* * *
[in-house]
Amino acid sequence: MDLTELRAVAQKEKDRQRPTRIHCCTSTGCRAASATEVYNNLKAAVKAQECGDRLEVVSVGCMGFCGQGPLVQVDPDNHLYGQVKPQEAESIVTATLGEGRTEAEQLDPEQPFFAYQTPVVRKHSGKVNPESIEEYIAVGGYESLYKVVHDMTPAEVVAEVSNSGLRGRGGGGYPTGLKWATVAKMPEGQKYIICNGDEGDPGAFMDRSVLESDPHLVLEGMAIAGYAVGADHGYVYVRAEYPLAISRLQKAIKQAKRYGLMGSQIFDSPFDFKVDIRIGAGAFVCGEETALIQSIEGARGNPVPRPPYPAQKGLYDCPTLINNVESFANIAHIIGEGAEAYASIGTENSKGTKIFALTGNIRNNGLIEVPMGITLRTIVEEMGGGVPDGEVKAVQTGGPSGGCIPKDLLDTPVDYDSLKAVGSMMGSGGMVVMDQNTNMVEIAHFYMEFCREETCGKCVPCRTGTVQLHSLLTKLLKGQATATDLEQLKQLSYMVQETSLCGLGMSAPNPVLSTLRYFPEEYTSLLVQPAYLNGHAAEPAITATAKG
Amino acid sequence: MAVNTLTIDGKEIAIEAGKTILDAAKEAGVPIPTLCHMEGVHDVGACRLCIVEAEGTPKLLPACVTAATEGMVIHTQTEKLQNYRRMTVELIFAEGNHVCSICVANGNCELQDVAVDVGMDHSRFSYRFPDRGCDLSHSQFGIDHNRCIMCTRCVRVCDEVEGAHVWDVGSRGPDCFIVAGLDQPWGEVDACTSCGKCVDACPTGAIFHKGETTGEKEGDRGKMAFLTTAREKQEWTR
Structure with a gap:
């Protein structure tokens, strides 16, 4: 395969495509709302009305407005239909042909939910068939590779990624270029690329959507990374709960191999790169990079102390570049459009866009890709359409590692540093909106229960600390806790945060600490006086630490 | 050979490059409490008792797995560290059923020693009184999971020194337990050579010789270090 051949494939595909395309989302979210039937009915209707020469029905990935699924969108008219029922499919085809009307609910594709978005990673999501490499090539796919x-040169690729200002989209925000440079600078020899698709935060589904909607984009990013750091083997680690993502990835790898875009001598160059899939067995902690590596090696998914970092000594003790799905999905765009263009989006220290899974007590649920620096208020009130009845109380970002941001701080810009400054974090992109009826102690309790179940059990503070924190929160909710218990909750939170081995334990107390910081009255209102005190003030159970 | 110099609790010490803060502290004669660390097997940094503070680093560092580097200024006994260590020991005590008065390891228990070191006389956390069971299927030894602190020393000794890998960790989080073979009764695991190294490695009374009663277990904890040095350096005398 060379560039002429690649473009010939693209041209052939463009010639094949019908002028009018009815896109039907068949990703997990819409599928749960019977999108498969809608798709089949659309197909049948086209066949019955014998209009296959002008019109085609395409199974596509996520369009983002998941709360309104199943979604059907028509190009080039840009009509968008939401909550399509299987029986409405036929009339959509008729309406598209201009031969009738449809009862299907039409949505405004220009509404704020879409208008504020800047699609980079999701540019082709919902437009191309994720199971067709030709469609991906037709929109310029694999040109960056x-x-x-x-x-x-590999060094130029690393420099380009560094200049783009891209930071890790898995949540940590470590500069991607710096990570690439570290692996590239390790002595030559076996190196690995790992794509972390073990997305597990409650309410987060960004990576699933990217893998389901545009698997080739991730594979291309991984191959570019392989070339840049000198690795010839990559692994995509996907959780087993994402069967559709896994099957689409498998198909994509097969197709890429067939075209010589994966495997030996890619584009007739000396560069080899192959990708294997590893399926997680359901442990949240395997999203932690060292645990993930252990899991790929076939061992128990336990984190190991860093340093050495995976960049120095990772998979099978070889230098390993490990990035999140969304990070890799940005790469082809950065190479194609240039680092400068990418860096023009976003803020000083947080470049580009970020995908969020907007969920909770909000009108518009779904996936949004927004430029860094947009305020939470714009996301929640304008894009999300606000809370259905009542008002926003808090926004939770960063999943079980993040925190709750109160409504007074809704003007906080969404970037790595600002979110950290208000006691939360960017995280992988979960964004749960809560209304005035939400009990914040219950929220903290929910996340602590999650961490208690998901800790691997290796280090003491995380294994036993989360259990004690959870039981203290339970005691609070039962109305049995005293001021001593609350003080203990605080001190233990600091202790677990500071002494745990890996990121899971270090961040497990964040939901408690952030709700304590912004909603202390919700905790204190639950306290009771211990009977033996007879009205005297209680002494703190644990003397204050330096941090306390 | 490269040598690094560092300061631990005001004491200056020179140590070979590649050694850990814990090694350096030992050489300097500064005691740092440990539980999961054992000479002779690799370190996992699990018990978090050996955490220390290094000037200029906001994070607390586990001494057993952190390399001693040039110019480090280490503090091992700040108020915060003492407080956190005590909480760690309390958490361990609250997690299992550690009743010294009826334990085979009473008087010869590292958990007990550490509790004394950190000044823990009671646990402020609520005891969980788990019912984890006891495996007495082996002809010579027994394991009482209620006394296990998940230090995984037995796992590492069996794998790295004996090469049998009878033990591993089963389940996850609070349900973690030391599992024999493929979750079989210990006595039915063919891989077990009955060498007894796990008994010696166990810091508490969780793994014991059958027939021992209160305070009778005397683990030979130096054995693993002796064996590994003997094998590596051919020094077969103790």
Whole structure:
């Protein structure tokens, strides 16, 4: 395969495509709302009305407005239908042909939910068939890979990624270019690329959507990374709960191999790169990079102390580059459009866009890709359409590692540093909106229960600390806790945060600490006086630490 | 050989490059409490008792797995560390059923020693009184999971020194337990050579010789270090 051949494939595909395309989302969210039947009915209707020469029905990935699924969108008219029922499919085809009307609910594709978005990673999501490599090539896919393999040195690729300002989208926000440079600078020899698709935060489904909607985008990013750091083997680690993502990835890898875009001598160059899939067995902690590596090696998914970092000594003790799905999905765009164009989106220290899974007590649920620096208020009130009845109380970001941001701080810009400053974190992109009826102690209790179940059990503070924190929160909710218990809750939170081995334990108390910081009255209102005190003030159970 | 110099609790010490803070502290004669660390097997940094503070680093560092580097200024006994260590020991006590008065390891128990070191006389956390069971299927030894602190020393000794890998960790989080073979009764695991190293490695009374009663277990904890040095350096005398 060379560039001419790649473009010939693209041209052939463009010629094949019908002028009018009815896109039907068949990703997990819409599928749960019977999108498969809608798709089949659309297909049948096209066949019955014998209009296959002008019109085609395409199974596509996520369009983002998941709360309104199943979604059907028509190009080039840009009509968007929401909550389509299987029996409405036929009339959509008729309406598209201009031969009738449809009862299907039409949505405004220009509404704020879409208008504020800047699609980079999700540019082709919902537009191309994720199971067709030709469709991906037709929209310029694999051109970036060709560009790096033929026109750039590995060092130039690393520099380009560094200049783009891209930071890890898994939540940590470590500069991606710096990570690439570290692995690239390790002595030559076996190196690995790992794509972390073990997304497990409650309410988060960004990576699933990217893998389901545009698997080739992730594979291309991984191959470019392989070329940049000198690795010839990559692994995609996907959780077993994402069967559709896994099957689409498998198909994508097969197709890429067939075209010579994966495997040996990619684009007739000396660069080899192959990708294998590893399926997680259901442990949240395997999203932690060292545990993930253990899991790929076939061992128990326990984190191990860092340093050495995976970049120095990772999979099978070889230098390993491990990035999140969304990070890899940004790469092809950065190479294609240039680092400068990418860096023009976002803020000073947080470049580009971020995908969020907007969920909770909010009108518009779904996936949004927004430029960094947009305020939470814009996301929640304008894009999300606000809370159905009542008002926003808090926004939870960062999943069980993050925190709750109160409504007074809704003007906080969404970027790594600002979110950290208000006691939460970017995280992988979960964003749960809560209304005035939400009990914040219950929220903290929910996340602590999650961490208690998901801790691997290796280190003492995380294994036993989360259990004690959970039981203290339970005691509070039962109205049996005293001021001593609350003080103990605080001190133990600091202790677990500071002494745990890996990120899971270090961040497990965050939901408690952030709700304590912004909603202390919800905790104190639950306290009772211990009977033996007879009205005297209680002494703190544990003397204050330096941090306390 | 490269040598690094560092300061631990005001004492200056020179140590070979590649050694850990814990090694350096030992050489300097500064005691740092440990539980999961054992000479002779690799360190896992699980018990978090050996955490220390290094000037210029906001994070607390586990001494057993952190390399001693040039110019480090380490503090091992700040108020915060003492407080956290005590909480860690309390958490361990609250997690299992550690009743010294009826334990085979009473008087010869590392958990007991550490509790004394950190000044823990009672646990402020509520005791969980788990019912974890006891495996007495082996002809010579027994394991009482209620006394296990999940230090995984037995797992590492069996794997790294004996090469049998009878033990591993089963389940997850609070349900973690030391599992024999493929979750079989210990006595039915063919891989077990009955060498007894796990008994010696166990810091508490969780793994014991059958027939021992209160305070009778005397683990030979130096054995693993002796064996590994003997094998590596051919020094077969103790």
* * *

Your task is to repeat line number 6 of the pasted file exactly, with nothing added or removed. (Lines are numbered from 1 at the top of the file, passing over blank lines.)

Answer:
Whole structure: